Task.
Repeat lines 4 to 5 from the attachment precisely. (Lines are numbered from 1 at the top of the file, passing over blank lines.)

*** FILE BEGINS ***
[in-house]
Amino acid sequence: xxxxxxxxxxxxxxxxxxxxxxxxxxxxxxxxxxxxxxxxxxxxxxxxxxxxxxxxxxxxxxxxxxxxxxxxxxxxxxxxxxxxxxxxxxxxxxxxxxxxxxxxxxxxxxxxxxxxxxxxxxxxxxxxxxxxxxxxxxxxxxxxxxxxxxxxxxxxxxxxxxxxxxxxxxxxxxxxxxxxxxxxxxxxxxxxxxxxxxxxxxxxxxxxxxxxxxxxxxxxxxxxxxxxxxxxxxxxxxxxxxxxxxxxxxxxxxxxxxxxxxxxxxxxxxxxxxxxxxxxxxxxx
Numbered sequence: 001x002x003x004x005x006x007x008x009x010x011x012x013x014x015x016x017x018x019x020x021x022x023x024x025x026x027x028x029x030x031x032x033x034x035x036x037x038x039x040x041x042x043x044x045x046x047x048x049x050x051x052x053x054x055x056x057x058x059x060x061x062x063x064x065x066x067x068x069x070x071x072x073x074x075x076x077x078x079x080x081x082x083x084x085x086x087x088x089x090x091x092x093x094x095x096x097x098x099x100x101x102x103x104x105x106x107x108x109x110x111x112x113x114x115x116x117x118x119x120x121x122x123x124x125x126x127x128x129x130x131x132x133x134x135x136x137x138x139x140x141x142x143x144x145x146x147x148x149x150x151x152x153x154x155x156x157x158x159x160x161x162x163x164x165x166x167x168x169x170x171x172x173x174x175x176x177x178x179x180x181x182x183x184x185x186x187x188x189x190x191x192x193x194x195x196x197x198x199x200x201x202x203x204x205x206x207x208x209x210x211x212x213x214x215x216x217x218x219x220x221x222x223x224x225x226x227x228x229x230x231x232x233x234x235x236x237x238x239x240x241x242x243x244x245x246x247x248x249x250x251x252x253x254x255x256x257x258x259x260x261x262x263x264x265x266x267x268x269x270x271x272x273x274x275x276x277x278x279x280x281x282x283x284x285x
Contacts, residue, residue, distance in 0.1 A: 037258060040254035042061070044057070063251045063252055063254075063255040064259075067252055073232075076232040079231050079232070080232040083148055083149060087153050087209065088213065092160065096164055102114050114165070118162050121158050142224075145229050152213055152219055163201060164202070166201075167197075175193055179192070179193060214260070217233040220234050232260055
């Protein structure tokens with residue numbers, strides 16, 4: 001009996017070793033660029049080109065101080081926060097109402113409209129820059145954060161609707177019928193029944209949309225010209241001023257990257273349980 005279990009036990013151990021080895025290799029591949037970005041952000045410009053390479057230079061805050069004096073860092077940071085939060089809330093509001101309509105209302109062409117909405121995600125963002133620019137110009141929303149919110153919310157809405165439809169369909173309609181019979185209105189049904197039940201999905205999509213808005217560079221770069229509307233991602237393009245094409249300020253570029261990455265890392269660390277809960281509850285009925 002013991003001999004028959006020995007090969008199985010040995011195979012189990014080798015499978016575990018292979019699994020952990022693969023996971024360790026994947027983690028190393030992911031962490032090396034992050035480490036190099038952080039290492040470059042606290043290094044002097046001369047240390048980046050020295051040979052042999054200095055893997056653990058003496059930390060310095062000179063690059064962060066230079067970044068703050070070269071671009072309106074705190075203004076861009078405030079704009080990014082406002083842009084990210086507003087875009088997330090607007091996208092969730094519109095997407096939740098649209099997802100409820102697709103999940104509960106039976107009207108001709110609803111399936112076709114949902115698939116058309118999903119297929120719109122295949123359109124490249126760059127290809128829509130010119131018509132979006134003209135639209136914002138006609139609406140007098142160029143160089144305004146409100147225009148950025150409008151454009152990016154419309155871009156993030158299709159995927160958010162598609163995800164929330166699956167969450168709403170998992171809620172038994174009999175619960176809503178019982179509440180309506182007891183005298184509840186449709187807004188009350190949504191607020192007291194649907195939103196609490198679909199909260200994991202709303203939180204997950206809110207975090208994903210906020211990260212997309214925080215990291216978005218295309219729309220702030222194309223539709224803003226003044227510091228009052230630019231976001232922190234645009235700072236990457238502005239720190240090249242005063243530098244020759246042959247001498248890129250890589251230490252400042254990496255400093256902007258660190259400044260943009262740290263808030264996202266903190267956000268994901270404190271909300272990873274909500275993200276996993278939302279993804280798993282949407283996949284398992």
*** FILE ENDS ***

Contacts, residue, residue, distance in 0.1 A: 037258060040254035042061070044057070063251045063252055063254075063255040064259075067252055073232075076232040079231050079232070080232040083148055083149060087153050087209065088213065092160065096164055102114050114165070118162050121158050142224075145229050152213055152219055163201060164202070166201075167197075175193055179192070179193060214260070217233040220234050232260055
């Protein structure tokens with residue numbers, strides 16, 4: 001009996017070793033660029049080109065101080081926060097109402113409209129820059145954060161609707177019928193029944209949309225010209241001023257990257273349980 005279990009036990013151990021080895025290799029591949037970005041952000045410009053390479057230079061805050069004096073860092077940071085939060089809330093509001101309509105209302109062409117909405121995600125963002133620019137110009141929303149919110153919310157809405165439809169369909173309609181019979185209105189049904197039940201999905205999509213808005217560079221770069229509307233991602237393009245094409249300020253570029261990455265890392269660390277809960281509850285009925 002013991003001999004028959006020995007090969008199985010040995011195979012189990014080798015499978016575990018292979019699994020952990022693969023996971024360790026994947027983690028190393030992911031962490032090396034992050035480490036190099038952080039290492040470059042606290043290094044002097046001369047240390048980046050020295051040979052042999054200095055893997056653990058003496059930390060310095062000179063690059064962060066230079067970044068703050070070269071671009072309106074705190075203004076861009078405030079704009080990014082406002083842009084990210086507003087875009088997330090607007091996208092969730094519109095997407096939740098649209099997802100409820102697709103999940104509960106039976107009207108001709110609803111399936112076709114949902115698939116058309118999903119297929120719109122295949123359109124490249126760059127290809128829509130010119131018509132979006134003209135639209136914002138006609139609406140007098142160029143160089144305004146409100147225009148950025150409008151454009152990016154419309155871009156993030158299709159995927160958010162598609163995800164929330166699956167969450168709403170998992171809620172038994174009999175619960176809503178019982179509440180309506182007891183005298184509840186449709187807004188009350190949504191607020192007291194649907195939103196609490198679909199909260200994991202709303203939180204997950206809110207975090208994903210906020211990260212997309214925080215990291216978005218295309219729309220702030222194309223539709224803003226003044227510091228009052230630019231976001232922190234645009235700072236990457238502005239720190240090249242005063243530098244020759246042959247001498248890129250890589251230490252400042254990496255400093256902007258660190259400044260943009262740290263808030264996202266903190267956000268994901270404190271909300272990873274909500275993200276996993278939302279993804280798993282949407283996949284398992």